Belt of Stability

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Belt of Stability

Nuclei above the belt of stability have too many neutrons (per proton)

They tend to decay by

β -emission, which decreases the n/p

+ ratio

Example

120

49

In

120

50

Sn

+

1

0

e

Belt of Stability

Nuclei below the belt of stability don’t have enough neutrons (per proton)

They tend to decay either by electron capture (for heavy elements) or positron emission (for light elements), both of these processes increase the n/p + ratio

118

54

Xe

+

1

0

e

120

53

I

Belt of Stability

Nuclei with atomic numbers greater than

83 are all unstable.

They have too many protons and neutrons.

They tend to decay by

α -emission

239

94

Pu

237

92

U

+

2

4

He

1

Radioactive Series

Large radioactive nuclei cannot stabilize by undergoing only one nuclear transformation.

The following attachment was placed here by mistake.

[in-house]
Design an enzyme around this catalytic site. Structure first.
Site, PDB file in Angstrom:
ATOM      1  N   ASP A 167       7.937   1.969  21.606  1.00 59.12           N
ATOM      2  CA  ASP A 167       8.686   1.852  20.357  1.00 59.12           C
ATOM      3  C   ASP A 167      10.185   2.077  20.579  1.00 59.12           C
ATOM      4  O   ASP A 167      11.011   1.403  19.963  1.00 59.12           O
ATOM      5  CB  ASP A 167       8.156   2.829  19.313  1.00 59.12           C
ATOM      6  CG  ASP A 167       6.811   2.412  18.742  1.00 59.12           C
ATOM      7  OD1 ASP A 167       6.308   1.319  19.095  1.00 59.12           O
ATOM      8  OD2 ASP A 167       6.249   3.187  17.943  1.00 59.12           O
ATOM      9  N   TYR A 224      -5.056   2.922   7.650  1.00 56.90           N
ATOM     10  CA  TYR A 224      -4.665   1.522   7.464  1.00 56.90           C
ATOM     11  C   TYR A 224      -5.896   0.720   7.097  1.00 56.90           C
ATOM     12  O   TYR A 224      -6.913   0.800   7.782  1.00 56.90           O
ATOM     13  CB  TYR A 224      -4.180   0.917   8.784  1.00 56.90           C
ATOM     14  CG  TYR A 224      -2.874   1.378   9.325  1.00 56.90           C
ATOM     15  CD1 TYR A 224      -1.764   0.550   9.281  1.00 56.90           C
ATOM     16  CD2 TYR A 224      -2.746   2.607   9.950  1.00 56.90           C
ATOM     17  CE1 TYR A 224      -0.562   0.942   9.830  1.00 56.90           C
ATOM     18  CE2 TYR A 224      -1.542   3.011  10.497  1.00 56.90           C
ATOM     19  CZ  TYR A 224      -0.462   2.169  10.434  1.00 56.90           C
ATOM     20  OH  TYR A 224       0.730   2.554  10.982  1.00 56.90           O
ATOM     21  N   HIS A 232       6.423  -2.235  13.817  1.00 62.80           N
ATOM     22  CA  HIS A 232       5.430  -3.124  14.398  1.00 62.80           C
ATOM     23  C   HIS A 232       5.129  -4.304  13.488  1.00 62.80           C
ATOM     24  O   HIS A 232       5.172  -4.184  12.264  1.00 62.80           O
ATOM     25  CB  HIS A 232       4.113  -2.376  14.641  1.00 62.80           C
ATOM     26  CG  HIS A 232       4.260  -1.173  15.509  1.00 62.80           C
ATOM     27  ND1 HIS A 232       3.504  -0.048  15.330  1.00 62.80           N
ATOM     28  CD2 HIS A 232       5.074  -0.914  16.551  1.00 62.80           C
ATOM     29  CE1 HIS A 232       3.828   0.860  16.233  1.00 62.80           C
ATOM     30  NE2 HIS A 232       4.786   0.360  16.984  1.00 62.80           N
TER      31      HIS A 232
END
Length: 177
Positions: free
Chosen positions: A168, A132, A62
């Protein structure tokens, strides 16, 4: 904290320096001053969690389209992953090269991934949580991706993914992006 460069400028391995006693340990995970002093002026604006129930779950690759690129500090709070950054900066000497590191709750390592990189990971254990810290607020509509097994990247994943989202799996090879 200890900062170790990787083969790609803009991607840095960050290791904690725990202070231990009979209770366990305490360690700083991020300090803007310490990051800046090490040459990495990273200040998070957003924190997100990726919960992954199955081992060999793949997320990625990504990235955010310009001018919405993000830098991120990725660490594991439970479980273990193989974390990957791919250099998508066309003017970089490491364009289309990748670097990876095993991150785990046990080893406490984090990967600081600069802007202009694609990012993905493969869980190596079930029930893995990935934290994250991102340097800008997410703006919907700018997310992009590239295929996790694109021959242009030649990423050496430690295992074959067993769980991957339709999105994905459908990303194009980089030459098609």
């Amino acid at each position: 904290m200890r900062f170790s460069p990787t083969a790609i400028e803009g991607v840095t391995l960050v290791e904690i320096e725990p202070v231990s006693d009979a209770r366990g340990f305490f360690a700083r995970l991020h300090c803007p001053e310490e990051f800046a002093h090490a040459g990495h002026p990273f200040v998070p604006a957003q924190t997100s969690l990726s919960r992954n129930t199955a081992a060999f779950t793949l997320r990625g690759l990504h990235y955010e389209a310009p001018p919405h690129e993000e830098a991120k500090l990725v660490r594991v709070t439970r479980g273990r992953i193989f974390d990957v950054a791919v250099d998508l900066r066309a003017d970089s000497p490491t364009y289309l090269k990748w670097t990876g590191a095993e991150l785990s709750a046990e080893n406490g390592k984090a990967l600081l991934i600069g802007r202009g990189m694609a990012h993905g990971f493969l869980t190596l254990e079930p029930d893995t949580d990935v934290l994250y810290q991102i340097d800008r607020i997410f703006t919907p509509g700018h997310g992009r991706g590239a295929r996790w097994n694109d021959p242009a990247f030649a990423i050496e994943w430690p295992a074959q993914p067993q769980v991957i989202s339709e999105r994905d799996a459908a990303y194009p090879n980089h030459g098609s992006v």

They undergo a series of decays until they form a stable nuclide (often a nuclide of lead).

This example shows a series of α - and β -decays that start with 238 U and end with 206 Pb

Other Considerations

Nuclei with 2, 8, 20, 28, 50, or 82 protons or 2, 8, 20, 28,

50, 82, or 126 neutrons tend to be more stable than nuclides with a different number of nucleons.

Radioactive Decay – Half Life

2

Binding Energy per Nucleon

Elements with intermediate masses have the highest nuclear binding energies

Chain Reaction

3

Nuclear Weapons

Nuclear Reactor

Nuclear Power Plant

4

Nuclear Fusion

5

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